Psychological and social stressors and psychiatric comorbidity in patients with migraine without aura from headache centers in Italy: a comparison with tension-type headache patients
© Springer-Verlag Italia 2000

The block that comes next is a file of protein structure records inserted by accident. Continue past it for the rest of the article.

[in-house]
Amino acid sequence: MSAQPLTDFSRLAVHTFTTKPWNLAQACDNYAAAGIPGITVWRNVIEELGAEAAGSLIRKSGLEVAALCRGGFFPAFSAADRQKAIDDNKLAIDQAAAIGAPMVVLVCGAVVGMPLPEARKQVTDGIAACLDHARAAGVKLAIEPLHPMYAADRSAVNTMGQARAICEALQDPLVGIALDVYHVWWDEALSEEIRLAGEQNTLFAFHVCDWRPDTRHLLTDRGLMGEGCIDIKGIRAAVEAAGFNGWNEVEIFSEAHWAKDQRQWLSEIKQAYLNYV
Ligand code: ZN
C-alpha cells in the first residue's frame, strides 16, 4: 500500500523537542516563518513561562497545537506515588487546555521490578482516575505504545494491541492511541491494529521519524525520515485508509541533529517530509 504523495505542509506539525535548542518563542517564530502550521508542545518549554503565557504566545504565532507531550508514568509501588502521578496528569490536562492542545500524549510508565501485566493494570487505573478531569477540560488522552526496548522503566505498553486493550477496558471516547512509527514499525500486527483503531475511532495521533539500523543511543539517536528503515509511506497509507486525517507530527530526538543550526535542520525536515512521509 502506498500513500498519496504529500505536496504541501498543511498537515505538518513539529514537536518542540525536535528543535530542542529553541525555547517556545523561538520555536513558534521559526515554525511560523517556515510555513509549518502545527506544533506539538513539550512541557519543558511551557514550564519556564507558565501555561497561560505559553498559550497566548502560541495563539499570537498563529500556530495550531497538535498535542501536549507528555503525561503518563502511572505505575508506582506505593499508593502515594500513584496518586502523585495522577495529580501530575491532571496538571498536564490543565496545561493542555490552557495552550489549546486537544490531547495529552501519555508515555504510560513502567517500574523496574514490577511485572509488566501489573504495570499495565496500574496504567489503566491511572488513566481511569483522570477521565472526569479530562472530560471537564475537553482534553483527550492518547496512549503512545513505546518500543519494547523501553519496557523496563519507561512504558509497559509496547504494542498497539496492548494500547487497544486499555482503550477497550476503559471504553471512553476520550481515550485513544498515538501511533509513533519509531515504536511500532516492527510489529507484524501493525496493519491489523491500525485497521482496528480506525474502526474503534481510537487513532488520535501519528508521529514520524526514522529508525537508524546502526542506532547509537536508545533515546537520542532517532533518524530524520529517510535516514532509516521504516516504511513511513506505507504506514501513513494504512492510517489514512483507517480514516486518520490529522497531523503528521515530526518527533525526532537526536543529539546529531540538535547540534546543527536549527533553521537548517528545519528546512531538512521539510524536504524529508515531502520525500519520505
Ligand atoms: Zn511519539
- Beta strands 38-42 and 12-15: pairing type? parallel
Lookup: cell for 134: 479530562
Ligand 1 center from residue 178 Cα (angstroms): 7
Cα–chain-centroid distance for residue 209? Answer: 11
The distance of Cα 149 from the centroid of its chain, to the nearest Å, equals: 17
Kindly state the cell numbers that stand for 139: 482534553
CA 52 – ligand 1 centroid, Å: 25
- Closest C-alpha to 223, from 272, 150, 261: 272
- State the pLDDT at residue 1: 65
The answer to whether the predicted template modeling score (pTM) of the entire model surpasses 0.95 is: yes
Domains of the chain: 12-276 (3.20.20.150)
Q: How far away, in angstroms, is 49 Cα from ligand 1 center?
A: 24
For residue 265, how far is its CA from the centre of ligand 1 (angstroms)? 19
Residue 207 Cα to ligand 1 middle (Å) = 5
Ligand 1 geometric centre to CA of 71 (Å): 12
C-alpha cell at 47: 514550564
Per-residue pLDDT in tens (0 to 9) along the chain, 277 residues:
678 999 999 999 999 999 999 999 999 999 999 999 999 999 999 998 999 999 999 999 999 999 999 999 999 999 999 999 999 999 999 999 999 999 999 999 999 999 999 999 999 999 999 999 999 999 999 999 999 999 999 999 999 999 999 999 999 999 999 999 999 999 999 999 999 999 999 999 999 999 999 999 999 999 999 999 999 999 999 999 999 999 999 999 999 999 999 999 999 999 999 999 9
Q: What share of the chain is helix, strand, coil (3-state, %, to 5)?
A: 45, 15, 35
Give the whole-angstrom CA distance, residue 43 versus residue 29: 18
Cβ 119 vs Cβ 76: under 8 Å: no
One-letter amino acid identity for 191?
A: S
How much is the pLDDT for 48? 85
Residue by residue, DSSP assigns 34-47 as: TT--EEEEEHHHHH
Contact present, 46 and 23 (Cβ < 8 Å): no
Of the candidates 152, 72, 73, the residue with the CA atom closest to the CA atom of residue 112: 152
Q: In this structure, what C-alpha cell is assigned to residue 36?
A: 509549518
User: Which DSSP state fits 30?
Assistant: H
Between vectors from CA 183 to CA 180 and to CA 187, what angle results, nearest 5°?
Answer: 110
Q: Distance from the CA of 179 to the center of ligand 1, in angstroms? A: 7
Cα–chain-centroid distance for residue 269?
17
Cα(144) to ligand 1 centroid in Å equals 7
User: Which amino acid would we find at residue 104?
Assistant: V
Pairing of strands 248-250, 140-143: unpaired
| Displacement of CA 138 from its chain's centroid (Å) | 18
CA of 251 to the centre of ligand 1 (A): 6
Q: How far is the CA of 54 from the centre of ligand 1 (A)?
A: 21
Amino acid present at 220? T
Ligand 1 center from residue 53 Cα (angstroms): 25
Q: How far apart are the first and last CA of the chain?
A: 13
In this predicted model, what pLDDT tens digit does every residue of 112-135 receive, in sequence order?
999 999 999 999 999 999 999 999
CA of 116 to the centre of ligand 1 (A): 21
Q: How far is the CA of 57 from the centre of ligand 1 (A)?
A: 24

A multicenter study was carried out to investigate the prevalence of psychosocial stressors and psychiatric comorbidity in patients suffering from migraine without aura (MWO) according to the International Headache Society criteria. Two hundred four adult MWO outpatients underwent a structured psychiatric interview (CIDI-c) to determine the presence of anxiety, and mood and somatoform disorders according to DSM-III-R criteria. An ad hoc questionnaire was used to assess psychosocial stress events. Anxiety disorders were found in 39.2% of the sample, mood disorders occurred in 23.0% and somatoform disorders in 21.6%. Psychosocial stressors were identified in 22.5% of the migraineurs without any difference between patients with and without psychiatric comorbidity. No correlation was found between psychiatric comorbidity and migraine duration or frequency. When the migraine patients were compared with a homogeneous group of tension-type headache sufferers, a higher frequency of psychiatric comorbidity was found in the latter group (56.4% vs. 77.8%, p = 0.01). These data suggest that migraine as well as tension-type headache are associated with an increased vulnerability to psychiatric disorders. Whether this is related to a common genetic susceptibility or is the effect of a psychoneurobiological loop related to the stress response activation remains to be investigated.